General Hospital #15

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 :: General Hospital #15 ::
Information about General Hospital #15 in Richmond, VA during the Civil War.

Also called: Crew's Hospital, Crew and Pemberton Hospital. Formerly tobacco factory of Crew and Pemberton, Four-storied, brick building. Destroyed in evacuation fire. Opened about June 1862. Capacity over 200. Drs. H. C. Scott, G. B. Moore, W. T. Bell, in charge. After 25 September 1862 converted to barracks for convalescent or traveling solders. Location: northwest corner of 21st and Cary Streets. (from Confederate Military Hospitals in Richmond by Robert W. Waitt, Jr., Official Publication #22 Richmond Civil War Centennial committee, Richmond, Virginia 1964.)

RG 109, Ch. 6, Vol. 151, p. 36 9/1862; Statistics of General Hospital #15 - hospital closed after September, 1862


1863 photograph of Libby Prison, looking east - prison guards in formation at present arms. Taken by Rees. Crew & Pemberton building is at left.
Detail of an Alexander Gardner photograph, taken in April 1865, showing the Crew & Pemberton building in ruins.

Written Accounts

Richmond Dispatch 10/3/1861; Crew & Pemberton advertises their tobacco
Joseph F. Powell file, M346 5/10/1862; $624.91 paid for carpentry work done on Crew's Factory: itemized list
Richmond Dispatch 5/27/1862; Asst Surg George Ross in charge Crew Factory Hosp., corner 21 & Cary, wants 30 male negro nurses, 15 laundresses, 10 cooks, and a steward, wardmaster, & clerk
Richmond Enquirer 6/6/1862; casualty list from Seven Pines, listing the hospitals where wounded were taken.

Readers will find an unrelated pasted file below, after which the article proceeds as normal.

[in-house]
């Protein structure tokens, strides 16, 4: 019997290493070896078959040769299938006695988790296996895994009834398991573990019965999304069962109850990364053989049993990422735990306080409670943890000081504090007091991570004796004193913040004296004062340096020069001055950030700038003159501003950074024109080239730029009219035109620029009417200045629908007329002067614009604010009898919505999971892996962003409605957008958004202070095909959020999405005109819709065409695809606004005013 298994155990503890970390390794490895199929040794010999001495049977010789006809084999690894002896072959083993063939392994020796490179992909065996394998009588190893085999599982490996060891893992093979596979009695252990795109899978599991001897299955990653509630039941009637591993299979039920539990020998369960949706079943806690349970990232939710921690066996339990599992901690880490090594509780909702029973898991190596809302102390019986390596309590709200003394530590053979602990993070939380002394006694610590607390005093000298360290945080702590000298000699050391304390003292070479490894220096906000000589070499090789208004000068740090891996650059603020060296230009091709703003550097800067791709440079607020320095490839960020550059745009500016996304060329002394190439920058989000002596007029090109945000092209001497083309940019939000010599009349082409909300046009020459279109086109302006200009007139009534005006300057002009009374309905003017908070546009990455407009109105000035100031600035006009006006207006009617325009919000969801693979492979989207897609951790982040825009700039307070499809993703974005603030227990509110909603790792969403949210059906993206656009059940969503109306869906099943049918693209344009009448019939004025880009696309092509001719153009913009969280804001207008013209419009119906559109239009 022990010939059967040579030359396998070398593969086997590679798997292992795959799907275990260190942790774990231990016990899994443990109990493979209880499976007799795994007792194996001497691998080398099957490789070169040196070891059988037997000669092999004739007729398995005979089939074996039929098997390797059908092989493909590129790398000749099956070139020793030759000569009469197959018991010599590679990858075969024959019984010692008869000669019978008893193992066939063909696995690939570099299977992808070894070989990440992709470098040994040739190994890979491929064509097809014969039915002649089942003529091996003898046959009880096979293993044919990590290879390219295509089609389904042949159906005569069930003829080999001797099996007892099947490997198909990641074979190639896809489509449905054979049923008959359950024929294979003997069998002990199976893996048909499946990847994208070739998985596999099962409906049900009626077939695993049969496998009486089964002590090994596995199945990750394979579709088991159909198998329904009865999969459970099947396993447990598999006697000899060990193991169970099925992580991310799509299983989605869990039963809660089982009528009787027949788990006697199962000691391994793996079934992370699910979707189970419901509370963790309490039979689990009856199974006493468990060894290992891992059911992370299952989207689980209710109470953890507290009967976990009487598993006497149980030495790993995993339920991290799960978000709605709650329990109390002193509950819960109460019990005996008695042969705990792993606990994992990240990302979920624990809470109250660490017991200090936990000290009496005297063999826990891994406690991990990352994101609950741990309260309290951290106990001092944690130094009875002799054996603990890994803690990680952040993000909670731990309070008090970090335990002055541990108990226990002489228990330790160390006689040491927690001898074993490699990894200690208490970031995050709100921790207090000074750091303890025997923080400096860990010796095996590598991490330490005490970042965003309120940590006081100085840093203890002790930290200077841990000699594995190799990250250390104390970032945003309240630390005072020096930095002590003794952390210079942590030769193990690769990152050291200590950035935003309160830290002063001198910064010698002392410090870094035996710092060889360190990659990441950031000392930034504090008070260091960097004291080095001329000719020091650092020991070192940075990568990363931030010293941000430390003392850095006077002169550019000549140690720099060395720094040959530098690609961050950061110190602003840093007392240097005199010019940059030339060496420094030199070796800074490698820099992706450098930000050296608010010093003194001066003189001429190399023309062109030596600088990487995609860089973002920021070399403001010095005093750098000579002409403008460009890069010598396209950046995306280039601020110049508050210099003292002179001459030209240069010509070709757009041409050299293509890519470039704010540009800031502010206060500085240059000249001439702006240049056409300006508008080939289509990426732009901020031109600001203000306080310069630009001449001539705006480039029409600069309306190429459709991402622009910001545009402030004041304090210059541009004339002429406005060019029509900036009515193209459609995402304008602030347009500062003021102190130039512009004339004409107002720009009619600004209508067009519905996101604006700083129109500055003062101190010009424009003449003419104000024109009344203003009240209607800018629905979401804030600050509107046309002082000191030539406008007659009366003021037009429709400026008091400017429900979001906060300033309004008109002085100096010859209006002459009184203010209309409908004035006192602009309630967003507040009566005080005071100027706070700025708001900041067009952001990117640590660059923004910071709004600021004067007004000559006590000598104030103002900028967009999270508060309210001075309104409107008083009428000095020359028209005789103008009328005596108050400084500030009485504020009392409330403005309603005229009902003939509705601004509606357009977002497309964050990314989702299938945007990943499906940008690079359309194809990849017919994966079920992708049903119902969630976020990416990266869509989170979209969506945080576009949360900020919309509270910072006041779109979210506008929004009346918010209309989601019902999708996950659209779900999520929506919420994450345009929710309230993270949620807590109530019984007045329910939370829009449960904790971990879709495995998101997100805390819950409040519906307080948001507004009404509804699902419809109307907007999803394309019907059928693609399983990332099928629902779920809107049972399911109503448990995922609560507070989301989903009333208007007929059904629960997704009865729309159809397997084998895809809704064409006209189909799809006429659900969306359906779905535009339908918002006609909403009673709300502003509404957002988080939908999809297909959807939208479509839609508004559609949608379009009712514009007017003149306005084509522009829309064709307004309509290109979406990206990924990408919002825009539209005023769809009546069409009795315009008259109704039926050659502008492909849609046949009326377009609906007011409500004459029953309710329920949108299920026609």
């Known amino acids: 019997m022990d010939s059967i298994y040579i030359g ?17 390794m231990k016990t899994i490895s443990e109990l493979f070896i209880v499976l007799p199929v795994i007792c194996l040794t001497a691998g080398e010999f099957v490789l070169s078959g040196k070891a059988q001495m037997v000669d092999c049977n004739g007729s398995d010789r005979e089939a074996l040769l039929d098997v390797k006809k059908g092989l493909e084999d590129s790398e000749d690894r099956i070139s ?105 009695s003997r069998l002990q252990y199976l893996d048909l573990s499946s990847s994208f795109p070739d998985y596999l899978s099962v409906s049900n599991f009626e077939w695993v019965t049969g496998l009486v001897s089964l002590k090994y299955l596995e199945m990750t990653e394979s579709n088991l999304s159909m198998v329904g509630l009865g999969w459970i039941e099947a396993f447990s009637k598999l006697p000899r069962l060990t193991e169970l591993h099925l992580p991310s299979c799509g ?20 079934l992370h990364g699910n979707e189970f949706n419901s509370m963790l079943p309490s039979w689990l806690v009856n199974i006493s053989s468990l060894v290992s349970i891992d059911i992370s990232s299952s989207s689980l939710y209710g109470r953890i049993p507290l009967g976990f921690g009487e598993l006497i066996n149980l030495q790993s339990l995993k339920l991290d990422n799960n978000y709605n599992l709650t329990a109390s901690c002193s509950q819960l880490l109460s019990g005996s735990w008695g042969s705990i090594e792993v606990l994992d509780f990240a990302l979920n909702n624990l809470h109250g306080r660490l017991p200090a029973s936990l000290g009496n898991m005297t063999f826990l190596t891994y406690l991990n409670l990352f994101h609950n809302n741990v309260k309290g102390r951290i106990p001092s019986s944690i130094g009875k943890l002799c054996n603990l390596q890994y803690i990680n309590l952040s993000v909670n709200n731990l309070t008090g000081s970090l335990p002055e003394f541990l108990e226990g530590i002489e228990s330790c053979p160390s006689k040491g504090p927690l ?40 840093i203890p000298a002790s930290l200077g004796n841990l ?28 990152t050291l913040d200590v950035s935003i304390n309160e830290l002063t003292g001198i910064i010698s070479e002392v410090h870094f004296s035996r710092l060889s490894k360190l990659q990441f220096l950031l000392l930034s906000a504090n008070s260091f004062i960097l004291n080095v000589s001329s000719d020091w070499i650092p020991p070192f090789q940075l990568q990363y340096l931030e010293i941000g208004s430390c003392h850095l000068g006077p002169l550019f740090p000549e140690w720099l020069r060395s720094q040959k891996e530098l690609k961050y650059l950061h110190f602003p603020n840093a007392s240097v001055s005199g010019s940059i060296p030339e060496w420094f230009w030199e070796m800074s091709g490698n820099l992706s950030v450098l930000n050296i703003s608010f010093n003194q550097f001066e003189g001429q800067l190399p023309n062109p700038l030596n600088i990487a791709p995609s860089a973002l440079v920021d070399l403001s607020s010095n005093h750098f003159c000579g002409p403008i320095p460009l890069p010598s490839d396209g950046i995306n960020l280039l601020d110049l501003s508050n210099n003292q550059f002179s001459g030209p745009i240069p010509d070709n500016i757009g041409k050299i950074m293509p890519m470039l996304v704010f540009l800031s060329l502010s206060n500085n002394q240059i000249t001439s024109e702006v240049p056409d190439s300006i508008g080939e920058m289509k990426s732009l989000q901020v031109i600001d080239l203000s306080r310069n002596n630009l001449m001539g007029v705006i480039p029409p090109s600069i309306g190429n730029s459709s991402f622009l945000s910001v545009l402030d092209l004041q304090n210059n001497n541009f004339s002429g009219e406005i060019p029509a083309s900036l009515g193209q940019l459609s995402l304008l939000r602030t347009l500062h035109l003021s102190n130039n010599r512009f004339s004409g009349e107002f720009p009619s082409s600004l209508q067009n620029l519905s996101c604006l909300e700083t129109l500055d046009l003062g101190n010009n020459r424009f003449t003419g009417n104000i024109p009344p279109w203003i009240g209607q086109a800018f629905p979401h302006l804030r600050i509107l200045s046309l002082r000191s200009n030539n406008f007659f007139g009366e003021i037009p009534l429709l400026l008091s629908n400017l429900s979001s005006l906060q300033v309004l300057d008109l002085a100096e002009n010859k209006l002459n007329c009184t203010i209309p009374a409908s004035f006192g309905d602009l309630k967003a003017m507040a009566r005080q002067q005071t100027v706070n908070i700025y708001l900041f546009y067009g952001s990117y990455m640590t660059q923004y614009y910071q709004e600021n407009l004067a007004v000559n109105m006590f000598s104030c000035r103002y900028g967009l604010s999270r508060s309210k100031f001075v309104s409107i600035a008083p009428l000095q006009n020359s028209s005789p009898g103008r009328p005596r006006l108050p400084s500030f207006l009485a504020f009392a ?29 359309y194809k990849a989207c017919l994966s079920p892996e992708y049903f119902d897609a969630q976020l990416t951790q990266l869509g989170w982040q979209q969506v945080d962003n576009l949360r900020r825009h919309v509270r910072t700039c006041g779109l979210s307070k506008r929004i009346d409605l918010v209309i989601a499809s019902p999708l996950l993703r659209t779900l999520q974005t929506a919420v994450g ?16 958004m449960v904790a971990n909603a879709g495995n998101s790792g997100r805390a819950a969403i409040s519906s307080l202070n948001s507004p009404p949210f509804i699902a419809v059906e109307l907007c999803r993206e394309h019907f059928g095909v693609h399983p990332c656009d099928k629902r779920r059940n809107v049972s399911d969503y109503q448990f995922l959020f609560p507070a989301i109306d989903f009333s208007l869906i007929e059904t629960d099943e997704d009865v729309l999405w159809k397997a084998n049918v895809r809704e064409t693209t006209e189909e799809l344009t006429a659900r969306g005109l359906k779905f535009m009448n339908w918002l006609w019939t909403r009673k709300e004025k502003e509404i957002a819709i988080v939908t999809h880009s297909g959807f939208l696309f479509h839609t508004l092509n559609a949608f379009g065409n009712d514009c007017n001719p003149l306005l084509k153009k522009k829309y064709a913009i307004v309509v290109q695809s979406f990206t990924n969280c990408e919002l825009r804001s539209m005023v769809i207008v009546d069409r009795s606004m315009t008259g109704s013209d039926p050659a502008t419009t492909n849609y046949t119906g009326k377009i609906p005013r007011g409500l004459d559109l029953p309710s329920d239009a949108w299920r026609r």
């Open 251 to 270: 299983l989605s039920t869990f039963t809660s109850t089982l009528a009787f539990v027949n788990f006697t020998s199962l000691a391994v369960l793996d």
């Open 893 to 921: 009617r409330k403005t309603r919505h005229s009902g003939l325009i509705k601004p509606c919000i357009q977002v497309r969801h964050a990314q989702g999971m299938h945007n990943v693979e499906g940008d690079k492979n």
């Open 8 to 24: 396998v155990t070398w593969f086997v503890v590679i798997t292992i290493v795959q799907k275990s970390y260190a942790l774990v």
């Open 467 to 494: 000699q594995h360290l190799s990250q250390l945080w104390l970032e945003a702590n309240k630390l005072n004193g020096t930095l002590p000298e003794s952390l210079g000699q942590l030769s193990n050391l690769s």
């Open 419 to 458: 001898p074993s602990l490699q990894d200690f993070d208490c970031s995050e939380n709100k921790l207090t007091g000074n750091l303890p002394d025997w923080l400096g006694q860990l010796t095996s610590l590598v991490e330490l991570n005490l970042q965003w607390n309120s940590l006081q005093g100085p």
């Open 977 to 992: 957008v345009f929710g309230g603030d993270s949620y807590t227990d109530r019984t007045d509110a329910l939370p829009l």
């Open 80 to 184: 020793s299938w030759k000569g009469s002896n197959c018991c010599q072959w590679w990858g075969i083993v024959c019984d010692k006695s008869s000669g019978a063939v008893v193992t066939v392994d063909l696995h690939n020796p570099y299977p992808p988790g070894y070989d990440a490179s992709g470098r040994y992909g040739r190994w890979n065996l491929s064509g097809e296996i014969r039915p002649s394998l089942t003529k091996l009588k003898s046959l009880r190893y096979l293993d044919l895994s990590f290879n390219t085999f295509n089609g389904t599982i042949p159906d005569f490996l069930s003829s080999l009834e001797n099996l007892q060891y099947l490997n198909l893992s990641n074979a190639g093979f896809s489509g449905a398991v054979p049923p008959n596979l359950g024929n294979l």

Joseph F. Powell file, M346 6/15/1862; $836.50 paid for carpentry work done on Crew's Factory: itemized list
Richmond Dispatch 6/27/1862; D. L. McLaughlin, Asst Surg in charge of Crew’s Factory Hospital
Joseph F. Powell file, M346 7/1/1862; $373.74 paid for carpentry work done on Crew Factory Hospital: itemized list
Richmond Dispatch 7/2/1862; Georgia Relief and Hospital Association is at Crew & Pemberton's factory (GH#15)
Richmond Examiner 7/7/1862; many Yankees brought to the "hospital on Cary, near Twentieth street"
Richmond Examiner 7/22/1862; Crew Factory Hospital (GH#15) in good order
National Archives, RG 109, Ch. IV 8/1/1862; order from F. Sorrel, re-designating existing hospitals into Gen. Hosps. with numbers.
Ledger of Confederate Hospital Practice no date; list of Surgeons at General Hospital #15
Richmond Dispatch 9/20/1862; Crew & Conrad Factory Hospital to be a "soldier's home"
Richmond Dispatch 9/29/1862; flag of truce boat has brought 205 Confederates to Richmond - they have been taken to the Soldiers' Home and Camp Lee
Richmond Dispatch 9/30/1862; nice account of Soldiers Home on Cary Street – holds 2700 men. Parade every evening on Dock Street
Richmond Enquirer 9/30/1862; tabular report of sick & wounded soldiers in the Hospitals in Richmond
RG 109, Ch. 6, Vol. 151, p. 36 9/1862; Statistics of General Hospital #15 - hospital closed after September, 1862
Richmond Dispatch 10/1/1862; details on the Soldiers’ homes – the barrack next to the Central Depot is “broken up” and the remaining soldiers’ homes (Conrad & Crew’s Factory & “the Franklin street barrack”) are often strained to capacity.
Richmond Dispatch 10/2/1862; correction: Crew & Pemberton, not Crew & Conrad to be used as a "soldiers' home"
Richmond Dispatch 11/12/1862; Luther Libby chairman of Shoes Campaign for Jefferson Ward; Wm. Greanor and Cornelius Crew are also mentioned
Richmond Examiner 5/11/1863; between two and three thousand Yankee prisoners arrive and quartered at Crew's factory
Official Records, Ser. II, Vol. VI, pp. 852-853 11/10/1863 - 1/18/1864; statement of clothing issued to prisoners in Richmond.